Algebird is a library which provides abstractions for abstract algebra in the Scala programming language.
This code is targeted at building aggregation systems (via Scalding, Apache Storm or Summingbird). It was originally developed as part of Scalding’s Matrix API, where Matrices had values which are elements of Monoids, Groups, or Rings. Subsequently, it was clear that the code had broader application within Scalding and on other projects within Twitter.
What can you do with this code?
import com.twitter.algebird._ // import com.twitter.algebird._ import com.twitter.algebird.Operators._ // import com.twitter.algebird.Operators._ Map(1 -> Max(2)) + Map(1 -> Max(3)) + Map(2 -> Max(4)) // res0: scala.collection.immutable.Map[Int,com.twitter.algebird.Max[Int]] = Map(2 -> Max(4), 1 -> Max(3))
In the above, the class
Max[T] signifies that the
+ operator should actually be
max (this is accomplished by providing an implicit instance of a typeclass for
Max that handles
- Model a wide class of “reductions” as a sum on some iterator of a particular value type. For example, average, moving average, max/min, set union, approximate set size (in much less memory with HyperLogLog), approximate item counting (using CountMinSketch).
- All of these combine naturally in tuples, vectors, maps, options and more standard scala classes.
- Implementations of Monoids for interesting approximation algorithms, such as Bloom filter, HyperLogLog and CountMinSketch. These allow you to think of these sophisticated operations like you might numbers, and add them up in hadoop or online to produce powerful statistics and analytics.
Algebird modules are available on Maven Central. The current groupid and version for all modules is, respectively,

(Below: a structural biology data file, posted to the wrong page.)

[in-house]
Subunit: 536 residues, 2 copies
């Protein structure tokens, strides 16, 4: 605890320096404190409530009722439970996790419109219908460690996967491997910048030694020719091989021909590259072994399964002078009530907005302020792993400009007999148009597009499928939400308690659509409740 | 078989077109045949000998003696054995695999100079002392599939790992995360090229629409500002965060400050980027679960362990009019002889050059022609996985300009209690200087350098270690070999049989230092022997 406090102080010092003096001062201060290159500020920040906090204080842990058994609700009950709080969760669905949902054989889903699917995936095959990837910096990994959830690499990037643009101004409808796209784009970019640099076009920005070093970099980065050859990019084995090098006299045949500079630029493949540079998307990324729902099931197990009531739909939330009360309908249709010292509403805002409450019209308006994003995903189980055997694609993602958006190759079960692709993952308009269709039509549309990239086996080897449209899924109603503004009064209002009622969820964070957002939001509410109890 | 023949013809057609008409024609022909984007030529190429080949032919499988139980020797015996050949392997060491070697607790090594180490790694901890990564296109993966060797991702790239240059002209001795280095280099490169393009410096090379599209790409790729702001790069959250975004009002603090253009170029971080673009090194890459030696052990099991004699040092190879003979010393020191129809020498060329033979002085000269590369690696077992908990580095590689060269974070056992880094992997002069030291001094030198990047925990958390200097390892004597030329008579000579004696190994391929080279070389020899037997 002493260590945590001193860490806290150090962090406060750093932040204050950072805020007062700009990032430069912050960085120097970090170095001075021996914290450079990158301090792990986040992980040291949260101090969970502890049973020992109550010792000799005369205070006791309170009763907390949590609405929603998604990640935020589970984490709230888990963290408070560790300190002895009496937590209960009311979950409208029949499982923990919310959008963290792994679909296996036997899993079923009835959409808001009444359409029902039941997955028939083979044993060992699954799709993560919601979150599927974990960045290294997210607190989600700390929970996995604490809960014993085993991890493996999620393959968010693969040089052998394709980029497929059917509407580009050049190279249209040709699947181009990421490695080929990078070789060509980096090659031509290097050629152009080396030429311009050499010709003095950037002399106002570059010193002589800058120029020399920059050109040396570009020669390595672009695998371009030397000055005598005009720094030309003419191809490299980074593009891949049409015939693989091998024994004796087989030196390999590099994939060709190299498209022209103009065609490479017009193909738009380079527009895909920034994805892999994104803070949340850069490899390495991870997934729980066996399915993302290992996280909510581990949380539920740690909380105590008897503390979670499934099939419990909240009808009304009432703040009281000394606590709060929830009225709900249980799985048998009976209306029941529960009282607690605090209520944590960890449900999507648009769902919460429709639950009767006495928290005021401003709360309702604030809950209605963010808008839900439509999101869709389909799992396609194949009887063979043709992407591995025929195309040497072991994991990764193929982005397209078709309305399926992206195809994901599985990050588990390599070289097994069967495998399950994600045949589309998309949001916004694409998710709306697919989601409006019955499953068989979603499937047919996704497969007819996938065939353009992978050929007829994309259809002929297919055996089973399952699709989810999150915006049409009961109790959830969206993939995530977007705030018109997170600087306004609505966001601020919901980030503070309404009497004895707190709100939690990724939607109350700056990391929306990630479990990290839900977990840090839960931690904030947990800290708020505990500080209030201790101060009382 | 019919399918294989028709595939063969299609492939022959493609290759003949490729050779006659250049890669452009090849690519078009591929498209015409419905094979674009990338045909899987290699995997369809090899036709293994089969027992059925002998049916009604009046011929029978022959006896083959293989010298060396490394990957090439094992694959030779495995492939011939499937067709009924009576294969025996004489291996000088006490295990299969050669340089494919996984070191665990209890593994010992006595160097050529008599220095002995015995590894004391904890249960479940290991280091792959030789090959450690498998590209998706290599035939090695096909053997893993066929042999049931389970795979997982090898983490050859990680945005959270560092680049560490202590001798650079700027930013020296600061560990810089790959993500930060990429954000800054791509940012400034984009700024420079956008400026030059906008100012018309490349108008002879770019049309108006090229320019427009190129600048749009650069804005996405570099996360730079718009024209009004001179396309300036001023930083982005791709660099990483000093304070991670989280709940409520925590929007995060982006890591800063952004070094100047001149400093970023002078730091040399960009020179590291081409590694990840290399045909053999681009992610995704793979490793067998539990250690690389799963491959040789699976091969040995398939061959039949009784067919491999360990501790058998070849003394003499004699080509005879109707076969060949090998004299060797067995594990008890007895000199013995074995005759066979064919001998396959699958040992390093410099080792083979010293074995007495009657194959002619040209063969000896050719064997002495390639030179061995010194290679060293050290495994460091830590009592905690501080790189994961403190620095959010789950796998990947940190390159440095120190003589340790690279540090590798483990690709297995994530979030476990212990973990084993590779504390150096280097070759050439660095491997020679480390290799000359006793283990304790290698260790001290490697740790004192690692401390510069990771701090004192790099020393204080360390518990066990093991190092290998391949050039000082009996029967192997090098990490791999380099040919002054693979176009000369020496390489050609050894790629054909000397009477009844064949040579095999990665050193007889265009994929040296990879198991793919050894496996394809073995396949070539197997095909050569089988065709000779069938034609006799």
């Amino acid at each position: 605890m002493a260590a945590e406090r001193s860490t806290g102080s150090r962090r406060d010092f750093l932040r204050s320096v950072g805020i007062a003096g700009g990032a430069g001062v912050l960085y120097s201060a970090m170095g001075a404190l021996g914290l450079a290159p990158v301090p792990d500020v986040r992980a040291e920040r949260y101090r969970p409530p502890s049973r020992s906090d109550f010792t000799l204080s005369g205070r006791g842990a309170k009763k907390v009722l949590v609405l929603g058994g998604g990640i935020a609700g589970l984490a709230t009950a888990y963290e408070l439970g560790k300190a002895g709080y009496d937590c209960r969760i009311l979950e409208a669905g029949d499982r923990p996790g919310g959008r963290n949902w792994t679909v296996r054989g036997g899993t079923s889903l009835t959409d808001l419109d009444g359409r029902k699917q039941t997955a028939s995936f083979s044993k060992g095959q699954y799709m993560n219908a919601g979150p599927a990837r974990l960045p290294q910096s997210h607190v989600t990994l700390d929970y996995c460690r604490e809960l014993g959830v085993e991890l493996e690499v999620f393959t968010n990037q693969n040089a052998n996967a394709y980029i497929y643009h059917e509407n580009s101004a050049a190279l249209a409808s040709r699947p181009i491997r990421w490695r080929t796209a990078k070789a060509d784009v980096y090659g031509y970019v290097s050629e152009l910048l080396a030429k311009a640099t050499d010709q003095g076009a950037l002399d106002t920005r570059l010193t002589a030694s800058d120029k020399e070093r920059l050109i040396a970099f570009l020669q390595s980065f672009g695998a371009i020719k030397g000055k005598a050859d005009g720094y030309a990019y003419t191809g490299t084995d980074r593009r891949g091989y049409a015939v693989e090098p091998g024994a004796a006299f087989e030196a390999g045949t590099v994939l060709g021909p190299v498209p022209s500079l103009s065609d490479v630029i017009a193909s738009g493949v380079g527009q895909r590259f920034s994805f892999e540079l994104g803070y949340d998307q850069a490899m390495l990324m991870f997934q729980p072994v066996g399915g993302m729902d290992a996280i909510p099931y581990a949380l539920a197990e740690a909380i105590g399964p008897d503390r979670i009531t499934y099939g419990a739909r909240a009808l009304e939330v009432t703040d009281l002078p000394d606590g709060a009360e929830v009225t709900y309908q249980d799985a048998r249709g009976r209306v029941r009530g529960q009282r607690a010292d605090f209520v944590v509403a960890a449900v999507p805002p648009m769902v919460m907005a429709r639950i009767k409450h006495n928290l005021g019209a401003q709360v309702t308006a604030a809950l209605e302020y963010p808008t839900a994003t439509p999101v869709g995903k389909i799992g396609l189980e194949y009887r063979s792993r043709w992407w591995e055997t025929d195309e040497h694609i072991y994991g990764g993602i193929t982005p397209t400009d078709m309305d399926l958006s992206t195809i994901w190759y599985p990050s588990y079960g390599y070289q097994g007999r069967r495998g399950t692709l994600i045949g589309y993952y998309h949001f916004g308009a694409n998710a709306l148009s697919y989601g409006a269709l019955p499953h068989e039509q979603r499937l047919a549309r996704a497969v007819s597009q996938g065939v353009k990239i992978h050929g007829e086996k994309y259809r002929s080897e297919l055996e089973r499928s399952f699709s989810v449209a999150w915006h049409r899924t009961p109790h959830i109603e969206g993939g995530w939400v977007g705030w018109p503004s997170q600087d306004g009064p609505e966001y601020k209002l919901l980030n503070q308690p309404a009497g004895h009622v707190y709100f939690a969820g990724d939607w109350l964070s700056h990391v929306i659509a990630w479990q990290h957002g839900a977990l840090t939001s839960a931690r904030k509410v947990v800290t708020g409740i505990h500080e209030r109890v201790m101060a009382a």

See Algebird’s page on the Scaladex for information on all published artifacts and their associated Scala versions. Algebird currently supports Scala 2.10 and 2.11.
The latest API docs are hosted at Algebird’s ScalaDoc index.
Get Involved + Code of Conduct
Pull requests and bug reports are always welcome! Check out our Contributing guide for information on what we most need help with and how you can get started contributing.
Discussion occurs primarily on the Gitter channel: Issues should be reported on the GitHub issue tracker.
We use a lightweight form of project governance inspired by the one used by Apache projects.
Please see Contributing and Committership for our code of conduct and our pull request review process.
The TL;DR is send us a pull request, iterate on the feedback + discussion, and get a +1 from a Committer in order to get your PR accepted.
The current list of active committers (who can +1 a pull request) can be found here: Committers
A list of contributors to the project can be found here: Contributors
Copyright 2016 Twitter, Inc.
Licensed under the Apache License, Version 2.0.